• \$\begingroup\$ Have you checked inductor values? Gold in the middle somewhere is more typical of inductors, and it would make sense of the low resistance reading - and the spiral burn stripe. A burned out resistor (especially a wire wound one) would fail open rather than fail short. \$\endgroup\$
    – JRE
    Commented Nov 4, 2018 at 18:56
  • \$\begingroup\$ It is also possible that it really is a low resistance part used as a shunt to measure the current through the motor. \$\endgroup\$
    – JRE
    Commented Nov 4, 2018 at 18:58
  • 3
    \$\begingroup\$ Gold in the multiplier band means x 0.1. Silver means x 0.01. Given the resistance reading and the color I see in photo, I'm guessing it was 0.1(something) before it burnt, with a silver band, and that the resistance increased and the silver darkened in the "event". It's probably a current shunt for charging or protection, but that's a guess, too. \$\endgroup\$
    – TimWescott
    Commented Nov 4, 2018 at 19:01

1 Answer 1


That resistor is toast for sure, but the spiral 'bump' indicates it is a wire-wound resistor of at least 1 watt. The first band is either red or orange, so if it is 0.33 ohms or 0.22 ohms that would make sense as a series current limiting or current sensing resistor. It may be so damaged that the nickle-chrome wire is no good, or its bond to the end caps has gone bad.

If you look at the top of the burnt resistor the nickle-chrome wire appears to be burnt away, creating a gap, so this resistor should measure as being 'open' or infinite resistance. It could also be in the category of "Fusible" resistor or at least "Flame proof".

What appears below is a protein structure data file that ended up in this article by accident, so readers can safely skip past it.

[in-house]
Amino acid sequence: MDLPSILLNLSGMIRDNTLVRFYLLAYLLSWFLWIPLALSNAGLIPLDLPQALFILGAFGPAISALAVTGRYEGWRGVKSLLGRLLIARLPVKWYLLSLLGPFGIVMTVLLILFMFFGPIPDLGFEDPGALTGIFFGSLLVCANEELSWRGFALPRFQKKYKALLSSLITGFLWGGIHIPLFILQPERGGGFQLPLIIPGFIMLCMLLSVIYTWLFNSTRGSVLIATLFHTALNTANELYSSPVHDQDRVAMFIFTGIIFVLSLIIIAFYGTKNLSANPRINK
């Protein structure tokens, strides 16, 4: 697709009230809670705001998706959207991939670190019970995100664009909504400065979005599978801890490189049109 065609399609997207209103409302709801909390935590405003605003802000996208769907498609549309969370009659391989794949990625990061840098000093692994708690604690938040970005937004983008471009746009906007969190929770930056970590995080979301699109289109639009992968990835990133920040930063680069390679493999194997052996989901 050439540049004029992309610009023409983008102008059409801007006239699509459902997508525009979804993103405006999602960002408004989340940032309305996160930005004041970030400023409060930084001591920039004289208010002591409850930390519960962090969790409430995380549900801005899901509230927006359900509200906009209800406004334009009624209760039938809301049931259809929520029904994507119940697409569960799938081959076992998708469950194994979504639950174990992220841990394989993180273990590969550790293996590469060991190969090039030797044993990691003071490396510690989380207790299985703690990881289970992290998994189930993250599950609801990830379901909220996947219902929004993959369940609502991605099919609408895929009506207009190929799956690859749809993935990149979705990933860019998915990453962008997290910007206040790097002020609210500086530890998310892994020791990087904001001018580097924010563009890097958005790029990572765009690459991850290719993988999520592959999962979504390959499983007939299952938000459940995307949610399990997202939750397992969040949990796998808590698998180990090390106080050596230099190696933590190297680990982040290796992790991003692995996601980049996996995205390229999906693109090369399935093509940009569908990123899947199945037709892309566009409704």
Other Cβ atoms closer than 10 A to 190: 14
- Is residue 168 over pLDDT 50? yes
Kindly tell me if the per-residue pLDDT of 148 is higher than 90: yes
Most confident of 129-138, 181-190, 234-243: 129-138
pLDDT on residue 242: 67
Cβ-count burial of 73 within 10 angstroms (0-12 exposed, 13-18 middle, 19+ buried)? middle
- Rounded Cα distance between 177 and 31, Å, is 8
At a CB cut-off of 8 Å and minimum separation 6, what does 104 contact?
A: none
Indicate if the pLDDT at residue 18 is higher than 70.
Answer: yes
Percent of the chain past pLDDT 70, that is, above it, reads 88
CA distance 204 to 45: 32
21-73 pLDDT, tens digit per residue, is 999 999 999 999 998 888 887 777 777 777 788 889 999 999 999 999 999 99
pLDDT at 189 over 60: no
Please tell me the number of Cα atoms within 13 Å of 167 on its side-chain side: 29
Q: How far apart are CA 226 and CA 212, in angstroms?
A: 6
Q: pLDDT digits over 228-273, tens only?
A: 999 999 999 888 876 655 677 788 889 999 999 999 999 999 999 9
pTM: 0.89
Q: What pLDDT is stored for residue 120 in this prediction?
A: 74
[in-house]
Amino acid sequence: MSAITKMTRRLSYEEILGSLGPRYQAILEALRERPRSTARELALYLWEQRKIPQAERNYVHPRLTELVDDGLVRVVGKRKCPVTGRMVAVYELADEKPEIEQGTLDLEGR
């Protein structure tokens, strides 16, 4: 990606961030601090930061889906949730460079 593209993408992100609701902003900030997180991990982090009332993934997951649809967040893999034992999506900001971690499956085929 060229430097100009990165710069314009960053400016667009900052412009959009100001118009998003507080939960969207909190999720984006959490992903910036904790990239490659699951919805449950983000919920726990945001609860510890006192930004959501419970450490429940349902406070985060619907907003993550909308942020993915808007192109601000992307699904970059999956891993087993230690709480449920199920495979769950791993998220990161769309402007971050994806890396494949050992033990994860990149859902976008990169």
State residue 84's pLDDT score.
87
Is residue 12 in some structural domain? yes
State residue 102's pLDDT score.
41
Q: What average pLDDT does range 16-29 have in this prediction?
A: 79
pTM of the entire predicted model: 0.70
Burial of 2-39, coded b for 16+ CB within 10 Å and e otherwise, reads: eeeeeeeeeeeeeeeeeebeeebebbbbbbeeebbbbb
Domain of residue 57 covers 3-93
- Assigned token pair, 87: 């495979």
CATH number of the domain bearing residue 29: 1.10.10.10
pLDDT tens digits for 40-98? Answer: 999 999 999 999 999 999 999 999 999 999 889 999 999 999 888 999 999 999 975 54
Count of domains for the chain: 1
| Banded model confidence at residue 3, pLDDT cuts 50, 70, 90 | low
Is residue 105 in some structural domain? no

If installing it as it is now causes problems I would try both a new 0.22 ohm 1 watt and a 0.33 ohm 1 watt to see which works best. The higher value is best as long as the motor runs at expected speed and torque. Note that this was a 1% tolerance resistor. Such a tight tolerance is normally used for accurate current sensing.

  • \$\begingroup\$ I asked the local electronics wizard at work as well, he measured the windings and concluded that it was either a 0.33 or a 0.39; he installed the 0.33 Ω 1 W and it did the trick! By the way, reassembling the vacuum I found the brush motor quite out of its molded position, and the belt connecting it to the brush dragging against a plastic part. Most probably it got de-seated due to some shock, the extra friction made the motor work way harder (especially on start), thus abusing the resistor in series and finally burning it. \$\endgroup\$ Commented Nov 6, 2018 at 23:47
  • 1
    \$\begingroup\$ That is great of you to help solve your own technical problems. So very few who ask questions can actually do that. \$\endgroup\$
    – user105652
    Commented Nov 7, 2018 at 0:16
  • \$\begingroup\$ Well, thank you! :-) Indeed it's quite fulfilling, and learning something in the process is always nice. Thanks again for your help! \$\endgroup\$ Commented Nov 7, 2018 at 0:43